How to help children who are rather clumsy?

Parents Zone

Family Marriage & Art Therapist, Ko Wing Oi (Wendy)

Parents often mention that their children are clumsy, often tripping or dropping things easily. This is related to hand-eye coordination and even the development of finger muscles. Many toys are now designed to train a child’s finger muscles from as early as a few months old.

Many parents are aware that various games can train finger muscles. But besides finger muscles, how can we train children to handle, grasp, or manipulate objects using their fingers? Balance is also crucial.

In fact, many toys can help train balance, and finger muscles can be developed in the process. For example, stacking games with different shapes, sizes, colors, and numbers can be used. When a child picks a die with a green side and the number 2, they have to find the corresponding green piece with a 2, and then pick another die, let’s say it’s blue with a 5, and find the blue piece with a 5, and continue stacking. This trains children on how to stack the pieces to maintain balance and prevent them from toppling over.

Another toy is the Russian stacking block puzzle, which is more complex in terms of layering and might be more interesting to children. Children can move the bottom block and then stack the Russian block puzzle pieces. This toy presents a certain level of difficulty, training children’s fingers, critical thinking, finger muscles, and balance.

Of course, clumsiness and accidents are also related to their level of concentration. For example, when a child is holding a cup of water, but their eyes are not on the cup; they are watching TV or listening to the adults around them. So, in addition to training their hand-eye coordination and balance, it’s also essential to train their concentration.

Is parent-child reading becoming stressful?

Parents Zone

Parent-child reading senior worker: Choi EE

Do you have kids who insist on you telling them stories? And not just any stories, they want you to keep going. When you come home from work, they have a stack of books and won’t eat until you finish all of them or want you to keep going for two hours. This is a common issue that I frequently encounter in my lectures. Parents, think about it: when you engage in parent-child reading with your kids, what do you hope for the most?

You certainly hope to create a warm memory because when they listen to your stories, they are especially well-behaved and feel secure. However, if the children turn listening to stories into your stress, demanding many stories, even refusing to listen to others, and only wanting to hear you as if they’re monopolizing your personal time, you should consider how to resolve this issue for yourself.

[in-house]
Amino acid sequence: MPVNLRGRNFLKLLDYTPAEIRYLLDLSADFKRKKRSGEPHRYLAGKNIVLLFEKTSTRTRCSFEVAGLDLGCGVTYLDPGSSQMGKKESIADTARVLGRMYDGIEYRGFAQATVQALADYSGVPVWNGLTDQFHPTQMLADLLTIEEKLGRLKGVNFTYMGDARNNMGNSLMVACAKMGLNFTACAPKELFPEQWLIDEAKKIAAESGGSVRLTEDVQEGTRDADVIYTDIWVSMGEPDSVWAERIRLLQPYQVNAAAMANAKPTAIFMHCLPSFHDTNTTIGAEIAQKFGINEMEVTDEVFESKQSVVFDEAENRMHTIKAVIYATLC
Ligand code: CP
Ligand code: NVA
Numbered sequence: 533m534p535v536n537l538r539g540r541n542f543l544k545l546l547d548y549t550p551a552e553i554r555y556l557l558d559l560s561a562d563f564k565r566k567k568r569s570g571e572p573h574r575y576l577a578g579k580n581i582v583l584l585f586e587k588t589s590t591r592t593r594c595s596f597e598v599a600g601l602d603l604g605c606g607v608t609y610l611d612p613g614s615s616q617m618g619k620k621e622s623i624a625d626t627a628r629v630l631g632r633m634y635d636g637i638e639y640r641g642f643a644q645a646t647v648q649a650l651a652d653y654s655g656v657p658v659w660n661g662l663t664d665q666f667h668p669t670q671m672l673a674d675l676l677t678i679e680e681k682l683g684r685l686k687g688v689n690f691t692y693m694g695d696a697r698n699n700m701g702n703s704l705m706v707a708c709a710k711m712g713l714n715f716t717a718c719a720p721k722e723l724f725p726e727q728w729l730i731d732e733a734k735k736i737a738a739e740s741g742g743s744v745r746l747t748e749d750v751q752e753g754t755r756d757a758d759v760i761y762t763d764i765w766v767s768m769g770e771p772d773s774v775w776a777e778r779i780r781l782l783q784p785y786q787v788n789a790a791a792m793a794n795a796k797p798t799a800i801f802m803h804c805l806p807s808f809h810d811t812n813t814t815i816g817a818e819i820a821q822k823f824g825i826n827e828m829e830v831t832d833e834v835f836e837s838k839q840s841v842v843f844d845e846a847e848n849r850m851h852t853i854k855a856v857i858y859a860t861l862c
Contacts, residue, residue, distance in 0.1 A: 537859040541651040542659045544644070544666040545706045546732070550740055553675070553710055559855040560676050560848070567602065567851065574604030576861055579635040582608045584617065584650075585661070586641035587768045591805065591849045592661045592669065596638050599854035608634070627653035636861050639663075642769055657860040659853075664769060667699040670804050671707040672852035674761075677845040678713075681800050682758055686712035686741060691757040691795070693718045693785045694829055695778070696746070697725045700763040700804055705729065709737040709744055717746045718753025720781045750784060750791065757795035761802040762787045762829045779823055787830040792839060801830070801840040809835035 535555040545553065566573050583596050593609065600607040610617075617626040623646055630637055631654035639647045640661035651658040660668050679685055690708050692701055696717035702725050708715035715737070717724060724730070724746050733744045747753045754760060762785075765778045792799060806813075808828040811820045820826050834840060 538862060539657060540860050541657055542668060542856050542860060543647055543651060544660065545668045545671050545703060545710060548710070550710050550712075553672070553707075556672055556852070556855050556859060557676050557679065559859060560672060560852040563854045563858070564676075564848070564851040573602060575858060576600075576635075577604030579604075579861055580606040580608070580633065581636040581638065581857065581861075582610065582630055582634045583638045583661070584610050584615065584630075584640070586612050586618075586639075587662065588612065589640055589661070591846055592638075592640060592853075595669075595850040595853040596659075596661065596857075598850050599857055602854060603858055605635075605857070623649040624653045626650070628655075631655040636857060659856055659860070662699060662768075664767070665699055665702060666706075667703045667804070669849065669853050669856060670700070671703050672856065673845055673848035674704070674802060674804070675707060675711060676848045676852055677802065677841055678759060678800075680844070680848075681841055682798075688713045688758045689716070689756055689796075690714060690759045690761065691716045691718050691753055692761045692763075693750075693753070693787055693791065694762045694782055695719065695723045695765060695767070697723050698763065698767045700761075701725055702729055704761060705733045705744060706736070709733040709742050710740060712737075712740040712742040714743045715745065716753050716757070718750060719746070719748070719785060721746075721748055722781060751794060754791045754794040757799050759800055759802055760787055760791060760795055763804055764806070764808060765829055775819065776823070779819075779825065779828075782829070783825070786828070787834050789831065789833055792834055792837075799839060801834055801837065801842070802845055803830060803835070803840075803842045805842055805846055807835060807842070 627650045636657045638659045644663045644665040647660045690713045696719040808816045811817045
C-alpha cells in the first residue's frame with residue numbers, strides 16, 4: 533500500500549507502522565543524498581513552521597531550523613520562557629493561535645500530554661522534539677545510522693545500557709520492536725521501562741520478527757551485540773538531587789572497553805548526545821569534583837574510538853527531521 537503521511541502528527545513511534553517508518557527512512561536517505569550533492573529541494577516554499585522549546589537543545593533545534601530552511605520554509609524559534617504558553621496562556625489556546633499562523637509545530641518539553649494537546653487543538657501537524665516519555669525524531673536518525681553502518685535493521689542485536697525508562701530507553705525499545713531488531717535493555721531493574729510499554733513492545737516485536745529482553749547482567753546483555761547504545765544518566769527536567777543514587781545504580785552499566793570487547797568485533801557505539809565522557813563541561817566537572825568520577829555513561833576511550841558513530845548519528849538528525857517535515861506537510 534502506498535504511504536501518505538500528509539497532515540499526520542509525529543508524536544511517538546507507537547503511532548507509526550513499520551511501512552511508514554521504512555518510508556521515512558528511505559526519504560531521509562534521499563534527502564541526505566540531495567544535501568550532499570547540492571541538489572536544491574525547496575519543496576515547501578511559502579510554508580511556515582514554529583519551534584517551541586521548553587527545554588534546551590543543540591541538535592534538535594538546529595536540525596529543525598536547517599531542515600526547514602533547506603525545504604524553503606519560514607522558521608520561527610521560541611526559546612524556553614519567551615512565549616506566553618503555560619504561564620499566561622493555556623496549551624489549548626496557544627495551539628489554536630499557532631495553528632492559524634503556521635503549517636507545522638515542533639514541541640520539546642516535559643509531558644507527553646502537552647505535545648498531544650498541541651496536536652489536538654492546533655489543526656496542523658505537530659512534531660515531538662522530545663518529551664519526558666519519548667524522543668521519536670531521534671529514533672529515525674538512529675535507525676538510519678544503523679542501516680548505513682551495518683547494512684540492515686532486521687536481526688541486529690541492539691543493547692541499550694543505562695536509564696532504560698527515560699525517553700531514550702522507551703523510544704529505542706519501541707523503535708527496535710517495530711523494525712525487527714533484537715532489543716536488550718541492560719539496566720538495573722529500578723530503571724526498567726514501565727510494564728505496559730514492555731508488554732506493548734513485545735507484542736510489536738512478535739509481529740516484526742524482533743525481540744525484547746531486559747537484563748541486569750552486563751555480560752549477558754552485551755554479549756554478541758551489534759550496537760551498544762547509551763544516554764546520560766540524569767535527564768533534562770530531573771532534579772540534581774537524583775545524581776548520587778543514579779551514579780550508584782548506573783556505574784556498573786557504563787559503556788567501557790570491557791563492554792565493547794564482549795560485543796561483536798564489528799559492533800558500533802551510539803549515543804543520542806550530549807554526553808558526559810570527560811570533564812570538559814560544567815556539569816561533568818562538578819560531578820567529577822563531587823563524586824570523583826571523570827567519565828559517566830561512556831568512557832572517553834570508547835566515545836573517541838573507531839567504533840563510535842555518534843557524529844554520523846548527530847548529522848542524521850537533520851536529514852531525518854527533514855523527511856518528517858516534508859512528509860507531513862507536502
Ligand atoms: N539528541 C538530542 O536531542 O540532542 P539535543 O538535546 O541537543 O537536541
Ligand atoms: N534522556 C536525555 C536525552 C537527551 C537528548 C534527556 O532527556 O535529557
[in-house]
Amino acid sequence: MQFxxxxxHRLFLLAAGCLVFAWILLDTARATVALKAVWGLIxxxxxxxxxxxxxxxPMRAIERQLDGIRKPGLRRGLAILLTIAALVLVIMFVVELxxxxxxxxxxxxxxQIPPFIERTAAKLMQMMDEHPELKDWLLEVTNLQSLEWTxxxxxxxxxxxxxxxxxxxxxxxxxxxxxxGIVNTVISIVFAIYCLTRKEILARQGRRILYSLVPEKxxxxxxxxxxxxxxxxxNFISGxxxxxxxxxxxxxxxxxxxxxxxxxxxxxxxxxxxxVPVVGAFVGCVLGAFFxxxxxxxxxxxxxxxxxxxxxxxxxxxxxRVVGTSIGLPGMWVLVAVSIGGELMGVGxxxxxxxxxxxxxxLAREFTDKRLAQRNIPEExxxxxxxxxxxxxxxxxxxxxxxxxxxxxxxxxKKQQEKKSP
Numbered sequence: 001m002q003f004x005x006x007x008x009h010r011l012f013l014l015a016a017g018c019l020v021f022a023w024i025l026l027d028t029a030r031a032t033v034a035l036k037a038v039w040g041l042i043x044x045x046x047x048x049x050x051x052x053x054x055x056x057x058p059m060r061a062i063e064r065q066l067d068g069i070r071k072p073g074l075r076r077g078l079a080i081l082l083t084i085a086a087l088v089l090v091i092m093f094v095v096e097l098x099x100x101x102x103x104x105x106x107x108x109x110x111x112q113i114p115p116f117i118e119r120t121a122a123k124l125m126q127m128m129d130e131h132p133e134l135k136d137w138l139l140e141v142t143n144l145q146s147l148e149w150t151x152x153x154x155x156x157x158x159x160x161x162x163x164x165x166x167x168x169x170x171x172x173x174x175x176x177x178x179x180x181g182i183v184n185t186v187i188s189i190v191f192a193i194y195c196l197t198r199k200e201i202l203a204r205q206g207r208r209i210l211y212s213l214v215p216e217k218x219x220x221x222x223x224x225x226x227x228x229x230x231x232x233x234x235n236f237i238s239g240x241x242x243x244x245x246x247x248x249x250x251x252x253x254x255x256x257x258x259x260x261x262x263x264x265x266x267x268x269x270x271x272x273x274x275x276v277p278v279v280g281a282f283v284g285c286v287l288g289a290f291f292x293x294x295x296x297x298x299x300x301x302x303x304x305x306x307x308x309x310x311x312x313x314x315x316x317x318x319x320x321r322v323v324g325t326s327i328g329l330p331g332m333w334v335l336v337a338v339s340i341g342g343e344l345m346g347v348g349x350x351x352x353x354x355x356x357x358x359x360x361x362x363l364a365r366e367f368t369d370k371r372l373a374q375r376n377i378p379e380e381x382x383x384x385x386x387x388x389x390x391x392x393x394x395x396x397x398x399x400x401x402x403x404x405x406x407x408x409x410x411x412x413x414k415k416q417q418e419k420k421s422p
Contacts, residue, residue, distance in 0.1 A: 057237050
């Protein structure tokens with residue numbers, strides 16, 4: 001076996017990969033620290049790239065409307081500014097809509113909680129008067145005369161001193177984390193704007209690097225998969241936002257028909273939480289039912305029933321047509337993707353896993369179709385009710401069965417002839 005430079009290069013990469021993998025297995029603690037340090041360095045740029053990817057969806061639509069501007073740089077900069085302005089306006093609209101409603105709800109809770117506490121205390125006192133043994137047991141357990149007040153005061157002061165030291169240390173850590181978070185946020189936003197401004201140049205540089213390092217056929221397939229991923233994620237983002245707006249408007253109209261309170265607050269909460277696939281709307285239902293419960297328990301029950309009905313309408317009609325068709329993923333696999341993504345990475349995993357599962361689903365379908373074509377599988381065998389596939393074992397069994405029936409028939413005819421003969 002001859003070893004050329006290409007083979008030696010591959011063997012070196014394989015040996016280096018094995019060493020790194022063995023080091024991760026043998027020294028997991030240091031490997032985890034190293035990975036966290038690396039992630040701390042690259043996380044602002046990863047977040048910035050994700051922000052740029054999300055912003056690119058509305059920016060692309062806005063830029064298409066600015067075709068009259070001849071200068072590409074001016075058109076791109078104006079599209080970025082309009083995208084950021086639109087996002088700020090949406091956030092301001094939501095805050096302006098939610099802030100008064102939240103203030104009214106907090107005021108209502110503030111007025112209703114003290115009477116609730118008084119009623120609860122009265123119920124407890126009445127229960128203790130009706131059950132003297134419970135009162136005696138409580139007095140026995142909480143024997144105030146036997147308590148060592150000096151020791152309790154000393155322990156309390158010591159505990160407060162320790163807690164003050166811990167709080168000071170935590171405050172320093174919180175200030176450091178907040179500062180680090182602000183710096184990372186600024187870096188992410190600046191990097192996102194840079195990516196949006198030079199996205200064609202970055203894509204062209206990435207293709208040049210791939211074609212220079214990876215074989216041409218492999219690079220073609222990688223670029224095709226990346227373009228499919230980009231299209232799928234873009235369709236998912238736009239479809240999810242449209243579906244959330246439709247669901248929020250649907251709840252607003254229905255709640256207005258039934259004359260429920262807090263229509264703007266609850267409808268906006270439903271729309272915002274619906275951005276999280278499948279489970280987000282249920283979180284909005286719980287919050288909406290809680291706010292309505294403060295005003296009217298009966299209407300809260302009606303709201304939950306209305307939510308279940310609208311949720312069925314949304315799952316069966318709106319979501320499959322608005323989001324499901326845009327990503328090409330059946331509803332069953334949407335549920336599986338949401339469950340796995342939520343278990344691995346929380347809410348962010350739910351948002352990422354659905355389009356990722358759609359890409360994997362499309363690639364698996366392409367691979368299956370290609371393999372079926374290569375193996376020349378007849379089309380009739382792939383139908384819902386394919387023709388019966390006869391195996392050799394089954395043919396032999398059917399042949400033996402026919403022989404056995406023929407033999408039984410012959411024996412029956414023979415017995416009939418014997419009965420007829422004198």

I suggest that in the context of parent-child reading, spend a good 15 to 20 minutes sharing a story with your child, and even half an hour is fine. However, if you find yourself spending two hours each day telling them an entire book, and they still feel unsatisfied and demand that you keep going as if they’re controlling you, it’s no longer a parent-child reading relationship but more of a tutoring relationship. We should set an example and tell the child, “I need to have some personal time. Today, storytime is 15 minutes, and Mom will tell you two books. After we’re done, we can do other things, or we can discuss the story we just read while you’re playing or eating.”

You shouldn’t turn into a radio, constantly narrating stories like a recording machine, as that’s not what we want in parent-child reading. So, parents, remember that when your child asks you to tell a story, it’s a joyful moment. We shouldn’t be afraid of telling stories to our children. Instead, we should control our time, casually finish a story in about half an hour, and then have a meal together or engage in play, followed by discussing the story. I believe that in a quality parent-child reading relationship, children will develop a greater love for reading and see it as a path to new horizons.

Did not take medicine when sick, waiting for the body to recover on its own and then develop antibodies?

Parents Zone

SourcePediatric Specialist Doctor, Chiu Cheung Shing

When children get sick, some parents may become very anxious and immediately take their child to the doctor or give them medicine. However, some parents believe that if they wait for a while, the child will naturally recover. In reality, this approach is somewhat correct to a certain extent. For mild illnesses like the common cold or cough, allowing the child to rest can help them develop some antibodies that can protect them from future infections. However, parents should be aware that not all illnesses can be treated this way.

For some strong bacteria, waiting for a natural recovery can be dangerous. For example, with bacteria like Streptococcus pneumoniae or Neisseria meningitidis, if you wait for natural recovery, there can be serious consequences. Within 24 hours of infection, 1 in 10 people may die. Even if death doesn’t occur, 1 to 2 individuals may end up with lifelong disabilities or complications. So whether you wait for natural recovery or not depends on whether the illness is mild or severe.